The reason why something has “staying power” in tech has a dizzying range of answers. Some things go viral and then fizzle out, while others embed themselves into our daily lives and become indispensable to us over time. So what is it that separates one from the other? Is there a single, good predictor of whether something has staying power?

One way to ask the same question in tech is to look at how relevant something is across data’s lifecycle. The more it uses, touches or changes data over time, the higher the chances are that it will stick around.

Take data warehouses: They represent a “point-in-time” consumption mechanism for data. By creating a massive crossroads for your data at a specific point in time, they give you a good sense of where you are right now. But they have a harder time helping you see where you’ve been or where you’re going next. They’re hot right now but will begin to fade in relevancy unless they find ways to stretch across more of data’s lifecycle.

Data lakes are convenient watering holes for multiple teams wanting to consume data emanating from a source, such as a cloud application like Salesforce. Although they are capable of capturing changes in data over time, the manual API integrations that act as “tributaries” to feed data lakes are often limited by their initial design purposes. Decisions about how frequently data is captured — and how broadly that data is available across an organization — all serve to limit their relevance to data over time. As interests evolve and maintenance cycles widen, data lakes sometimes end up looking more like data islands.

The same can be said for master data management (MDM). Think about how static or frozen in time the concept of traditional MDM is. It asks the question: “What is my 360-degree view of this customer right now?” But the answer to this question changes over time. As data sources come and go, the perfect master record evolves. MDM sits atop the ever-changing histories of many different data sources, all of which wax and wane in relevance over time.

DataOps is different because it’s a methodology — an act of taming unruly data pipelines in order to turn data into value in an organization. And even though it may sometimes use dated tools or practices, it has tremendous staying power if measured by its relevance to data over time. Long after nature reclaims a snowflake as frozen water falling from the sky, the practice of data operations will continue to move us toward a more perfect union with our data as it changes over time. This is the business of data operations — and it’s here to stay.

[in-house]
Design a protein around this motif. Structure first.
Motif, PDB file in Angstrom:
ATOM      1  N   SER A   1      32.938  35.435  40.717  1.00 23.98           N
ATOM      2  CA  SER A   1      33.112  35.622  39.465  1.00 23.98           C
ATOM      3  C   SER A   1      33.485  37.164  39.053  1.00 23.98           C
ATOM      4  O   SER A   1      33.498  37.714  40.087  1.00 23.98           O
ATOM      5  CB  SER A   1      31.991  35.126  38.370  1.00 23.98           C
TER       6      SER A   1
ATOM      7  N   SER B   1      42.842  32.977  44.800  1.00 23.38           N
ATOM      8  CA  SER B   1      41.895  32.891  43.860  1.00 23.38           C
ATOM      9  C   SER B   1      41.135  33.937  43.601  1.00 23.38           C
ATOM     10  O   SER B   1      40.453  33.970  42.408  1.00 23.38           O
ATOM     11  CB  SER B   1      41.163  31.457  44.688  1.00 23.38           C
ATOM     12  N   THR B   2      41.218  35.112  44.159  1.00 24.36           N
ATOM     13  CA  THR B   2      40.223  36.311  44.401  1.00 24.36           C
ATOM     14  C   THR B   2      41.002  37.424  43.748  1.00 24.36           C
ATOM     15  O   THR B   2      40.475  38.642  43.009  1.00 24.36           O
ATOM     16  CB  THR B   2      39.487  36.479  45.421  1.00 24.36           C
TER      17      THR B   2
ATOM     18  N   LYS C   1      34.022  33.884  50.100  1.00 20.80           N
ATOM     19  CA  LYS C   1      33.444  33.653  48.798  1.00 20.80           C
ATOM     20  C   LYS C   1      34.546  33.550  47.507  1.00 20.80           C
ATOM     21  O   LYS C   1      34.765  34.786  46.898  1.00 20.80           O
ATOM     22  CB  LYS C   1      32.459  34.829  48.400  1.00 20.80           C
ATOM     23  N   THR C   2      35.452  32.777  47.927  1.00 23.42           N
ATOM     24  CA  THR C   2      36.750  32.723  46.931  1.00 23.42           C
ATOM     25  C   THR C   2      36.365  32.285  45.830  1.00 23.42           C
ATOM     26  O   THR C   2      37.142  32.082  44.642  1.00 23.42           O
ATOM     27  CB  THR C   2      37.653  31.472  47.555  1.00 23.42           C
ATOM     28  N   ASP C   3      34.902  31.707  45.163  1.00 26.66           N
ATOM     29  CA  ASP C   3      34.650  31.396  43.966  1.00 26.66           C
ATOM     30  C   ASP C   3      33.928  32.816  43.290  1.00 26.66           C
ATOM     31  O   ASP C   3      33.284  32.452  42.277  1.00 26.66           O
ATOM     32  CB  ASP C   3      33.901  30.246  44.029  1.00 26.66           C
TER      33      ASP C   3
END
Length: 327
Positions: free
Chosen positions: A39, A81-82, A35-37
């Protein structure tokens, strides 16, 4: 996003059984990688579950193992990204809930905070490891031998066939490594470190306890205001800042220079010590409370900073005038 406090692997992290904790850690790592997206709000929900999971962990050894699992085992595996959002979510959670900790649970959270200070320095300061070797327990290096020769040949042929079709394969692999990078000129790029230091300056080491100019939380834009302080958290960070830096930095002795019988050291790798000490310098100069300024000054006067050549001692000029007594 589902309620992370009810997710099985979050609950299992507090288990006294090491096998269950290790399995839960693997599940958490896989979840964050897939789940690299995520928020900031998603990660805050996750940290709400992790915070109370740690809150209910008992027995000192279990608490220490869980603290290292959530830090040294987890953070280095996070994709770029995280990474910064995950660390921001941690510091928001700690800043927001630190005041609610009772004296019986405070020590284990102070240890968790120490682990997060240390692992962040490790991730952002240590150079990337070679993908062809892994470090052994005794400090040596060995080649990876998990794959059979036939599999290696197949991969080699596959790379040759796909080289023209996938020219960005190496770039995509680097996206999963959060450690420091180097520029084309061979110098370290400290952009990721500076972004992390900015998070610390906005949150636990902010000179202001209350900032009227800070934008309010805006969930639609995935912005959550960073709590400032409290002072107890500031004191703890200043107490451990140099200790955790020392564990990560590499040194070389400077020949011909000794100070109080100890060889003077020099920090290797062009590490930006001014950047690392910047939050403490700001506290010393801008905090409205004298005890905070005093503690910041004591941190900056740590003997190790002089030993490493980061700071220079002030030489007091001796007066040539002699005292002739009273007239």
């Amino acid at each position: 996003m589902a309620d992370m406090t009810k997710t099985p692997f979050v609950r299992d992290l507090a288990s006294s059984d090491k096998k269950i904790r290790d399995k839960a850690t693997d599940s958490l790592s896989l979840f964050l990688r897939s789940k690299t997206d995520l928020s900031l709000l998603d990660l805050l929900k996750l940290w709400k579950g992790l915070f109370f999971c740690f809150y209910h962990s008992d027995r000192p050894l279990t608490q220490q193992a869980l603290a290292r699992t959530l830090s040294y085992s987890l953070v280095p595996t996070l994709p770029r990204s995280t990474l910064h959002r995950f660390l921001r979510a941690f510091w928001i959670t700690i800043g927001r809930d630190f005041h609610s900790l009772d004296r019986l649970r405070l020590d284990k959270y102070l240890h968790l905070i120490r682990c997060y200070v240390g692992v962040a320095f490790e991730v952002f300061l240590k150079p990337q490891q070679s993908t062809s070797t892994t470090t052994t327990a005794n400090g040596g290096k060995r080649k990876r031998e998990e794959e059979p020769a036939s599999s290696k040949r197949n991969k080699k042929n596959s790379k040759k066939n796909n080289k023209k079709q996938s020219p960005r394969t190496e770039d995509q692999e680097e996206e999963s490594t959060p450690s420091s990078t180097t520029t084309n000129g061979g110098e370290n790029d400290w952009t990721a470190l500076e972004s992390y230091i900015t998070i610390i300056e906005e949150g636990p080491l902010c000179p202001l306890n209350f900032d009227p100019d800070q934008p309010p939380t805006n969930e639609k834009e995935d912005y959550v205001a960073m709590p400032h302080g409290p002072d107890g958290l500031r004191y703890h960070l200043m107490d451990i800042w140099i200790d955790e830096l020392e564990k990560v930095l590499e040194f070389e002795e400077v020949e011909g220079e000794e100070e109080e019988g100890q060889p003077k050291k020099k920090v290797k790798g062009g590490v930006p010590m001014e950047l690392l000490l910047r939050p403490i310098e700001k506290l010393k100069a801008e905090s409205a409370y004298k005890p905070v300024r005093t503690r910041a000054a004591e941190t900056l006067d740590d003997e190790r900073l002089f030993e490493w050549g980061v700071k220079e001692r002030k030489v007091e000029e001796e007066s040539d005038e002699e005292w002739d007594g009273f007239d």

So how can organizations use DataOps to their advantage? A good starting point is to map out who needs data in the organization and why. Here, some organizations discover that they may be capturing and creating multiple copies of the same data across teams for different purposes. System admins might be capturing hourly snapshots of data for disaster recovery, while fulfillment teams might be ingesting subsets of the same data into their supply chain systems via the system’s APIs, as an example.

Once you have established the first version of a data-consumption map across your organization, you’ll want to map in the frequency requirements across each data consumer. Some may need the data to be in their systems within five minutes, while others are OK with daily cycles.

What often emerges next is a data lake strategy, where organizations replicate data from a target application or source into a data lake that is adjacent to the source and point all data consumers to that replica as the primary consumption point for their data from a given target. In essence, this creates a continually refreshed watering hole for each source of data in their organization. Once enough data lakes form around common watering holes, organizations typically evolve a “data fabric” strategy that interconnects data lakes into one cohesive, evolving tapestry of data in the organization, tokenizing records and unifying the constantly evolving data sources into a true 360-degree picture of a target entity. In turn, you can analyze that picture over time to spot patterns and opportunities.

DataOps is a continually evolving process for an organization to become more and more attuned to the signals that various data sources are sending about the velocity and health of the business. And while there is no one-size-fits-all solution for any given organization, the practice of DataOps is here to stay. Those who engage with it in a meaningful way will establish a competitive advantage and set themselves up to adapt faster to changes happening in their business.

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